A team of researchers from the National University of Singapore (NUS) have found a way to 3D print personalised medicine.

The new method of tablet fabrication was designed by Soh Siow Ling and Sun Yajuan from the department of chemical and biomolecular engineering at the NUS Faculty of Engineering. The university said that the novel system can make customisable pills that release drugs with any desired release profiles

The technology could combine multiple pills, for instance that a patient needs to take over the course of a day, into one tablet which will release the medication throughout the day at different rates, according to the NUS.

Releasing drugs in a timely manner is important for optimal therapeutic effect in the human body, and the NUS said that different types of clinical circumstances may call for different types of timed release of drugs.

Soh said: “For a long time, personalised tablets have been a mere concept as it was far too complex or expensive to be realised. This new tablet fabrication method is a game changer – it is technically simple, relatively inexpensive and versatile.

“It can be applied at individualised settings where physicians could produce customised pills on the spot for patients, or in mass production settings by pharmaceutical companies.”

Polymer-based solution

Instead of manufacturing the drug tablet by printing layer by layer, the drug tablet designed by Soh and Sun consists of three distinct components, including a polymer containing the drug in a specifically designed shape that will determine the rate of release of the drug.

For instance, a 5-prong shape will allow the drug to be released in five pulses over time. By adjusting the shape of the drug-containing polymer it is possible to release drugs at any desired rate, according to the NUS.

Using the system designed by the NUS team, the university said that a doctor has to draw the desired release profile in computer software to generate a template for making tablets specific to a patient’s treatment, which can then be used to produce the pills using a 3D printer.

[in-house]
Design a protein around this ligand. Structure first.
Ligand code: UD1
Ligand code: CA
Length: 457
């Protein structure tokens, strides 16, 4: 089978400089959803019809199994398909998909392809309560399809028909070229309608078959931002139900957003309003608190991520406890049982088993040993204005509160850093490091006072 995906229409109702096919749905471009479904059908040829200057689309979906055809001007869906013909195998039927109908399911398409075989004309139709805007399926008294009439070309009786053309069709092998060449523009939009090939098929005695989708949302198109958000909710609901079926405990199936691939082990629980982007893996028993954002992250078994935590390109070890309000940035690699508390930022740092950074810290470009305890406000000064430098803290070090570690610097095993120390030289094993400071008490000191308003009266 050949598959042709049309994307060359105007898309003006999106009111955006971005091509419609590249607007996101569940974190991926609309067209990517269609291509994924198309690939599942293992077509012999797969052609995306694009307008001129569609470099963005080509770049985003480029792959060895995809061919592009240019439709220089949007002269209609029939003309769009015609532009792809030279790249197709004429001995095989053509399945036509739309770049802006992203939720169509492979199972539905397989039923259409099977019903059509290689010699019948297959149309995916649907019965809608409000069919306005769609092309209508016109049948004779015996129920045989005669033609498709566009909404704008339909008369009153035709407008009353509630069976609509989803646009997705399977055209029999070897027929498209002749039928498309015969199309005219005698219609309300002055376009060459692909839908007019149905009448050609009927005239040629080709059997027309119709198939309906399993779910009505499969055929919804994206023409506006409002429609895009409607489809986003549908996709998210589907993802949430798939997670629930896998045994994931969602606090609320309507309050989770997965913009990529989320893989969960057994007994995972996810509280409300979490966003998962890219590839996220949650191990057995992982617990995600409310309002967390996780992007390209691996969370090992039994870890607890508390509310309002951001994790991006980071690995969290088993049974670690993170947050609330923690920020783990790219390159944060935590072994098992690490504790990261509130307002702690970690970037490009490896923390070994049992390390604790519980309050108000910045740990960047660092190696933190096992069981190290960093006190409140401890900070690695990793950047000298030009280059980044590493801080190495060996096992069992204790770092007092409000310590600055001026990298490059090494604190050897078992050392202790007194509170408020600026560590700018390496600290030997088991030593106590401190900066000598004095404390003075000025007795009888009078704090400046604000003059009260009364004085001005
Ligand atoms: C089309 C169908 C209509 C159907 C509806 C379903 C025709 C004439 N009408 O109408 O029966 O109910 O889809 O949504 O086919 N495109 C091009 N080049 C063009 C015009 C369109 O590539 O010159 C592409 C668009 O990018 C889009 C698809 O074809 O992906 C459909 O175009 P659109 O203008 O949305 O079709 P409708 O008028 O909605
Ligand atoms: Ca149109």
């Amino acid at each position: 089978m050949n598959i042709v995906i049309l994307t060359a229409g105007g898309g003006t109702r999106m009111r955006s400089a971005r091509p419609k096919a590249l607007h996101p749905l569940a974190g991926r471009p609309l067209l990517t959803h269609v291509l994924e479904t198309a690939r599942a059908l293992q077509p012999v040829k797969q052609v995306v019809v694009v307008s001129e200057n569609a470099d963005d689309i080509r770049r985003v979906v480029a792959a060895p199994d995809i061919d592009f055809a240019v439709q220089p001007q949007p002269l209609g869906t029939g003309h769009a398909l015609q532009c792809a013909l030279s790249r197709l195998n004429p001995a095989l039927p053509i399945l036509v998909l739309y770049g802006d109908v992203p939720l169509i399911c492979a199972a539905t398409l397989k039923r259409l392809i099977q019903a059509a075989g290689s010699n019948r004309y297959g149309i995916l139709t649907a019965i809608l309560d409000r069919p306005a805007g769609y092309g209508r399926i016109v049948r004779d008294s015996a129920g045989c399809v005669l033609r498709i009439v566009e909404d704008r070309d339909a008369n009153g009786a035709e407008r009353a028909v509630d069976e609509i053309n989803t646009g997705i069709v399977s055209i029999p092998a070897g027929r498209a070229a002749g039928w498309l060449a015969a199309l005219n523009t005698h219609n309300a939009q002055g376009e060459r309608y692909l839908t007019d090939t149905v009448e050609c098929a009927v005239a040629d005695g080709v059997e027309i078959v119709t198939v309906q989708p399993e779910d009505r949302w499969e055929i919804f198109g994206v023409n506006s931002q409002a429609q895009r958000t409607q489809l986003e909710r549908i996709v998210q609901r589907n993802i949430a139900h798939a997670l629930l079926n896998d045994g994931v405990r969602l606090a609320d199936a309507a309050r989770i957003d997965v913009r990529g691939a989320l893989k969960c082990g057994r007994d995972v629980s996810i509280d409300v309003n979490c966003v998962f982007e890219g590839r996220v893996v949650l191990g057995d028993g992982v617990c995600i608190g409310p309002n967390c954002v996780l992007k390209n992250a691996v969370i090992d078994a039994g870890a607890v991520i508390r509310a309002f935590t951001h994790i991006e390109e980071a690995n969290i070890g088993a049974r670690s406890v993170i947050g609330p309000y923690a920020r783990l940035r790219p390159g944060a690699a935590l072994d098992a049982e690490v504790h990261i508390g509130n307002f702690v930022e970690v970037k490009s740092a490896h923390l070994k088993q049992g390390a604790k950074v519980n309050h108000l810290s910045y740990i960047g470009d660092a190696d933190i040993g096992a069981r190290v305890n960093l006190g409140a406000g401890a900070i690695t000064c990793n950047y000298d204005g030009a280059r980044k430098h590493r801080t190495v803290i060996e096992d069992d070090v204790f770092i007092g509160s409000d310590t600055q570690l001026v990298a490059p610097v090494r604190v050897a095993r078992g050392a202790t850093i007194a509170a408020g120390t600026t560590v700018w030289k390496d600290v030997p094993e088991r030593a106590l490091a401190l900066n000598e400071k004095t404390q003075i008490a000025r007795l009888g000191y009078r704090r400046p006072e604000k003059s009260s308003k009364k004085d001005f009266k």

A fully customisable system

The fully customisable system is able to create a template to print tablets for any release profile.

The use of a commercially available 3D printer in this method also makes it a relatively cheap way of making personalised medicine a reality, as compared to conventional tablet production or other methods in making small shapes, such as photolithography, according to the NUS.

In drug delivery, it is also often important to administer more than one type of drug into the human body simultaneously to treat an illness. The fabrication method developed by Soh can be modified to include multiple types of drugs loaded within the same tablet and each drug can be customised to release at different rates even within the same tablet.

Aside from exploring commercialisation possibilities, the NUS team is currently doing further work to explore the various combination of materials for the different polymer-based components in the tablet to cater to various types of drugs and illnesses to increase the efficacy of this method, the NUS reported.

Medicalplasticnews (Emily Hughes)